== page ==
A rotary position sensor must accurately and reliably determine the angular position of the input shaft before that information can be extrapolated into the position of the output member. In addition to accuracy and reliability issues, each specific application will provide its own demands and limitations on the design of the rotary position sensor.
In some systems it may only be necessary to sense rotation over a single turn. In still other applications, physical constraints may make it difficult to couple electrical signals to the rotating portion of the sensor. And finally, the cost of various position sensors may be an overriding factor in determining the best sensor for a particular application.
Some rotary position sensors currently in use include rotary potentiometers, inductive position resolvers, and optical encoders. Each device has characteristic advantages and disadvantages, which make some devices more suitable for particular applications than for others. Rotary potentiometers, for example, supply a voltage signal proportional to the position of a wiper contact, which rides along a resistive element. Initially, such rotary potentiometers are quite accurate and provide excellent position indication over a single turn of the input shaft. Over time, however, the sliding motion of the wiper contact over the resistive element can lead to wear which alters the resistance ratio between the resistive element and the wiper contact, leading to inaccuracy in the output position signal.
Rotary potentiometers are also subject to contamination of the contact elements, which can adversely affect the accuracy of the device. For these reasons, rotary potentiometers are not well suited for those applications where extended long-term reliability is required or where harsh environmental conditions are likely to adversely affect the sensor. Thus, a rotary potentiometer would be particularly unsuited for application in the crankshaft and camshaft mechanisms described above.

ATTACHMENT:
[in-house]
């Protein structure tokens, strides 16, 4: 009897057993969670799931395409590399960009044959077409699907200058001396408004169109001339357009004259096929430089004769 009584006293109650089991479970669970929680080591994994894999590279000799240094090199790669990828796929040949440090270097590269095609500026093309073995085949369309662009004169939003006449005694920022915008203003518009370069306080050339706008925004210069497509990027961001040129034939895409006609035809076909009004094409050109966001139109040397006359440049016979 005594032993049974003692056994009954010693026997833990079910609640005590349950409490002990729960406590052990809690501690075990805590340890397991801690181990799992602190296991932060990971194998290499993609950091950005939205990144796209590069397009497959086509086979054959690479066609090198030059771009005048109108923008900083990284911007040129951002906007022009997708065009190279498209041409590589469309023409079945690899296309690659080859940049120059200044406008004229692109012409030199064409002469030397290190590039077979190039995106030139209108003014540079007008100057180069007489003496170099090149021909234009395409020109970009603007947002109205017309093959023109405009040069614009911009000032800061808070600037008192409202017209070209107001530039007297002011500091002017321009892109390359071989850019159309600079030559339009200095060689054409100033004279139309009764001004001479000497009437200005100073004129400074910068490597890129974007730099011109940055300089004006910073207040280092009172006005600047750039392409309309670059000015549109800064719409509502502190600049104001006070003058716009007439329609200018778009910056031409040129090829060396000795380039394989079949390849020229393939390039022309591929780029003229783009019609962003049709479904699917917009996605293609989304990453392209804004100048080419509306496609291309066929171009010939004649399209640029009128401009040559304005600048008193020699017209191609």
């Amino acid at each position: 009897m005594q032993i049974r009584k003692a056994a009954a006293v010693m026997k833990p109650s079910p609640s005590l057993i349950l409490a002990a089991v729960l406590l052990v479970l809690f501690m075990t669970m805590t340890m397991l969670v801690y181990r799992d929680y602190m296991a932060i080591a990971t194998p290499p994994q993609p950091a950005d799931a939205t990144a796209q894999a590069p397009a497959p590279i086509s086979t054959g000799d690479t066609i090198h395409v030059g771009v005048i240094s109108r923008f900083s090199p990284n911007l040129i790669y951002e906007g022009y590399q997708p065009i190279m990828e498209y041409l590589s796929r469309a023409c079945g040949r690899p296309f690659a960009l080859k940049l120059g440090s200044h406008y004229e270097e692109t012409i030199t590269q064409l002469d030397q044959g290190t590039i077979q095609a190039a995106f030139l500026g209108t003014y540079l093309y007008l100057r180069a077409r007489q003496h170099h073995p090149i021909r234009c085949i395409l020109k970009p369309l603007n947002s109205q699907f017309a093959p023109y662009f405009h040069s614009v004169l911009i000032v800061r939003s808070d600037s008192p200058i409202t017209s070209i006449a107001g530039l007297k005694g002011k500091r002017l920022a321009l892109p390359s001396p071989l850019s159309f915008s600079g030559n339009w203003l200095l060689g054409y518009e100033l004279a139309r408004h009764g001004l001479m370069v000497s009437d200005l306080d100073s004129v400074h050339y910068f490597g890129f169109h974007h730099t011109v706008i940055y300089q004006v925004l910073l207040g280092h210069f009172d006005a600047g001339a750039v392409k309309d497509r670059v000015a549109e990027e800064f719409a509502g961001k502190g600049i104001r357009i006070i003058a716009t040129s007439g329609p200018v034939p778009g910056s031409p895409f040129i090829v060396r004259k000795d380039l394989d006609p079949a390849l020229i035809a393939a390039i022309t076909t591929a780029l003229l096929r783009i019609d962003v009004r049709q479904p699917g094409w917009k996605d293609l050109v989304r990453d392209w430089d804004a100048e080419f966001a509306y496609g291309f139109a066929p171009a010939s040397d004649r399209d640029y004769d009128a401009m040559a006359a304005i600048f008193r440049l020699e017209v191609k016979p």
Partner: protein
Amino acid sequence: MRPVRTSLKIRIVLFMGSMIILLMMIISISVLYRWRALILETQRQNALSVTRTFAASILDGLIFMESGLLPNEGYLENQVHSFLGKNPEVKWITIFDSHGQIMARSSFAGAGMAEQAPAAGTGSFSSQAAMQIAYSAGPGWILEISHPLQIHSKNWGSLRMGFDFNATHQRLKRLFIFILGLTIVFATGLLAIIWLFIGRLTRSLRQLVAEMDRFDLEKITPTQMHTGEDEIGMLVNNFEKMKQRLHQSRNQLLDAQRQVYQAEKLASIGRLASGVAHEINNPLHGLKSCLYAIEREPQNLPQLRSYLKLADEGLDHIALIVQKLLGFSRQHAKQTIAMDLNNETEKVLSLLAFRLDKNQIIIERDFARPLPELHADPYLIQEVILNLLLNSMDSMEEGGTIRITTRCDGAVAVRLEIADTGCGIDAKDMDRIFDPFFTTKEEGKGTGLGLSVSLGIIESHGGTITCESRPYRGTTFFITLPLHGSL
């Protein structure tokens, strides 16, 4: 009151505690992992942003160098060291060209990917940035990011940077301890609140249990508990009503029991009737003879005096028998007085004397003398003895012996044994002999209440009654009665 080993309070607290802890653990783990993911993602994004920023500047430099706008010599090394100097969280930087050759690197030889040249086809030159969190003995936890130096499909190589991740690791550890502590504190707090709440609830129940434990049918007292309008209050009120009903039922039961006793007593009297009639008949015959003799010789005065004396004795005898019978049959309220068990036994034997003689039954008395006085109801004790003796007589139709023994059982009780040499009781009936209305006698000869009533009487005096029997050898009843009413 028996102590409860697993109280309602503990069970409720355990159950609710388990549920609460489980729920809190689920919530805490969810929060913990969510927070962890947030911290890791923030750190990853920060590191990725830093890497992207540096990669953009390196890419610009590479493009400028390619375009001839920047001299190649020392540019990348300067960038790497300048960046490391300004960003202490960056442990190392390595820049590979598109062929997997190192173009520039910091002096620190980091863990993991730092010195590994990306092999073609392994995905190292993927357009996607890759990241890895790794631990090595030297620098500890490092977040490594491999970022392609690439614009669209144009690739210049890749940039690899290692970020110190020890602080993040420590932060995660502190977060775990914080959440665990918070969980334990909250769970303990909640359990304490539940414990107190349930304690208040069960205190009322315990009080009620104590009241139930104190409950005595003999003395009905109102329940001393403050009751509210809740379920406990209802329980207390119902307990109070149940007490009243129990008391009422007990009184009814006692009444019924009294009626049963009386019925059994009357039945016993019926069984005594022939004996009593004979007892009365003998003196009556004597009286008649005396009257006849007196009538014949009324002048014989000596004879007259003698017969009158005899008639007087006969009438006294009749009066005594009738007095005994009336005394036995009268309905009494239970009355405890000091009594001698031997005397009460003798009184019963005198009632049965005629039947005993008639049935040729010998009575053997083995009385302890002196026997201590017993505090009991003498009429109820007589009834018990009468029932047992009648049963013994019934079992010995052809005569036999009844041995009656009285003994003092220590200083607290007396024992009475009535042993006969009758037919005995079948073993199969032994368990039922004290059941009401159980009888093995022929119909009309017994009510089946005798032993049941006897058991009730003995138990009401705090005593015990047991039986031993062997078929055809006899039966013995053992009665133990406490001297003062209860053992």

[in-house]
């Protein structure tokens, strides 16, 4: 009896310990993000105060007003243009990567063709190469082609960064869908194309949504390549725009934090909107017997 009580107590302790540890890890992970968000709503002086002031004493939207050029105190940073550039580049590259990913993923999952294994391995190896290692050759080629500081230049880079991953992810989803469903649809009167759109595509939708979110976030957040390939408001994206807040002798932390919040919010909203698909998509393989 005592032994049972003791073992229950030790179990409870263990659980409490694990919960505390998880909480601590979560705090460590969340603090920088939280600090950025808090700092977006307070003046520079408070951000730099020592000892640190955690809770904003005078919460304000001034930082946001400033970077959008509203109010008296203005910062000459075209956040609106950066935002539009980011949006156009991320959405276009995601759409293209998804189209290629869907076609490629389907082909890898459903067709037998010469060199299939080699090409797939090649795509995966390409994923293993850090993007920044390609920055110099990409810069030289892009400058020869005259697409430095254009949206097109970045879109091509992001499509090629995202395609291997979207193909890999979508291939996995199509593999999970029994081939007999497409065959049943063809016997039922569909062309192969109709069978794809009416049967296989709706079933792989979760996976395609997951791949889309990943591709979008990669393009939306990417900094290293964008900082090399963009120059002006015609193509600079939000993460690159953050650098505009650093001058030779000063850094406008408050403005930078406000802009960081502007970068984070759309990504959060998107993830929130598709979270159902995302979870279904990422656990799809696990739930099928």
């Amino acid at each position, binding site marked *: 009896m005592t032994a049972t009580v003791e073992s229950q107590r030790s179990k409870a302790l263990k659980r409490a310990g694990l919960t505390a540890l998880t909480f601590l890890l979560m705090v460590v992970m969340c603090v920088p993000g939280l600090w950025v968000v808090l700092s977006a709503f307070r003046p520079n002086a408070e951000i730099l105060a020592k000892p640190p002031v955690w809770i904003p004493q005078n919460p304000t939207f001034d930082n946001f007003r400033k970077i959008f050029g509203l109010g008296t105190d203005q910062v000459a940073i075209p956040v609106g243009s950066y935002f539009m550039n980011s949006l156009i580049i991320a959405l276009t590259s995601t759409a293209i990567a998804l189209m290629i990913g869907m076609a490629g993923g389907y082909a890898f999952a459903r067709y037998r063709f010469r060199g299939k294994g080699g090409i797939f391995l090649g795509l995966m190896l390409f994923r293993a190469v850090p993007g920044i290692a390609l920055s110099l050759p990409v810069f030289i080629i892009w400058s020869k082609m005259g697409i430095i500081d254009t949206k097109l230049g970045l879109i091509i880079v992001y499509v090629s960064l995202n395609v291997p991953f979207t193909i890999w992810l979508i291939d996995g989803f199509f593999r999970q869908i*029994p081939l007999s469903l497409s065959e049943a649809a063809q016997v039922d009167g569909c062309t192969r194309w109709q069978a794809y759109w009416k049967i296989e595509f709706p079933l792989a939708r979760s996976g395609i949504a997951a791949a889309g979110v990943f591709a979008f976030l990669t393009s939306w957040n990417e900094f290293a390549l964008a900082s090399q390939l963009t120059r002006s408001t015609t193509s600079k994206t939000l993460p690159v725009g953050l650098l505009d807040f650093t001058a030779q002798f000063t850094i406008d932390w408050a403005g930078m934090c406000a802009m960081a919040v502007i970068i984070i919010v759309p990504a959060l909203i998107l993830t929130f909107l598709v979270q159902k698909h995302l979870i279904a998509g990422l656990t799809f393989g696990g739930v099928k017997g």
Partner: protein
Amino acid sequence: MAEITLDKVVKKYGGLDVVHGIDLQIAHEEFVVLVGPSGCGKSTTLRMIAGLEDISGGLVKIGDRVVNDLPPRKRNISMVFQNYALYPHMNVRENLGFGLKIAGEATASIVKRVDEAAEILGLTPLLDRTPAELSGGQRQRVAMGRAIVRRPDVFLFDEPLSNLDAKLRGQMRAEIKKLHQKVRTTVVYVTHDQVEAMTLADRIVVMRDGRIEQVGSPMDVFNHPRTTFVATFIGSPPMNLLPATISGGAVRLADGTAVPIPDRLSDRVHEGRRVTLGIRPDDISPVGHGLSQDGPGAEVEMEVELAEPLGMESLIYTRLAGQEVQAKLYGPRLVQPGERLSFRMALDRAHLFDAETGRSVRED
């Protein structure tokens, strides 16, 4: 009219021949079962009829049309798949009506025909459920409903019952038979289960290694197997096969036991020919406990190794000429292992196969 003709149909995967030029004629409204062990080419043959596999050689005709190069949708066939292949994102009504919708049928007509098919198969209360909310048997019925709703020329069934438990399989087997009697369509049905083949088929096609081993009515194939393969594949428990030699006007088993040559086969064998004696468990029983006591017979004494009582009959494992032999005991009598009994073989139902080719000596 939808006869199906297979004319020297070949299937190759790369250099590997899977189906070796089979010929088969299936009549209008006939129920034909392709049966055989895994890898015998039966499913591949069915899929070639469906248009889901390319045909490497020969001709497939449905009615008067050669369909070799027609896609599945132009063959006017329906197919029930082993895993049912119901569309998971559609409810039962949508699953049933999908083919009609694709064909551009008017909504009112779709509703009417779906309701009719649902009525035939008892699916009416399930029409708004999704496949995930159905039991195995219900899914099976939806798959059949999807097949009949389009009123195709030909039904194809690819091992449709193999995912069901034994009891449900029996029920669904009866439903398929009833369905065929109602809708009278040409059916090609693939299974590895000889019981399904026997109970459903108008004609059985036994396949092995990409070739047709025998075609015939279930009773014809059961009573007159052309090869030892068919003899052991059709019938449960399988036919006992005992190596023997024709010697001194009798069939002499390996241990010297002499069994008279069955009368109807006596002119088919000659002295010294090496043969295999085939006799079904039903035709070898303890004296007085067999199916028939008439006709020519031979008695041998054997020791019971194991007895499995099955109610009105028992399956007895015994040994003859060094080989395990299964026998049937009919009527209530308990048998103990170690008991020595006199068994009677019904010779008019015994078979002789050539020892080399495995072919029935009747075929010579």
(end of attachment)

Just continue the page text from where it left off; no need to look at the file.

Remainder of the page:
Inductive position resolvers, on the other hand, have advantages over rotary potentiometers in that they are non-contact devices. Resolvers operate on inductive principles, having mutually coupled coils mounted to both a rotor and a stator. As the rotor coil rotates relative to the stator coil, the mutual inductance between the two coils changes such that a voltage signal impressed on the stator coil will be coupled to the rotor coil in varying strength depending on the angular relationship between the coils. While resolvers have obvious advantages over rotary potentiometers, a drawback is that they require signal connections to the rotating member. Therefore, slip rings or some other mechanism for connecting electrical signals to the rotating member are required. Also, resolvers are generally more expensive than rotary potentiometers and more sensitive to vibration and shock.
Finally, optical encoders are often used as rotary position sensors, but such devices also offer significant drawbacks for certain applications. As with resolvers, optical encoders tend to be expensive, thus making them inappropriate for those applications where low cost is a critical design factor. Furthermore, encoders are digital devices, emitting light pulses for each fraction of a rotation of the input shaft. The resolution of an encoder is determined by physical limitations in the number of pulses, which can be generated per revolution of the input shaft. Thus, optical encoders are inappropriate for applications where a continuous analog signal is required. In particular, such devices are not well suited for camshaft and crankshaft mechanisms.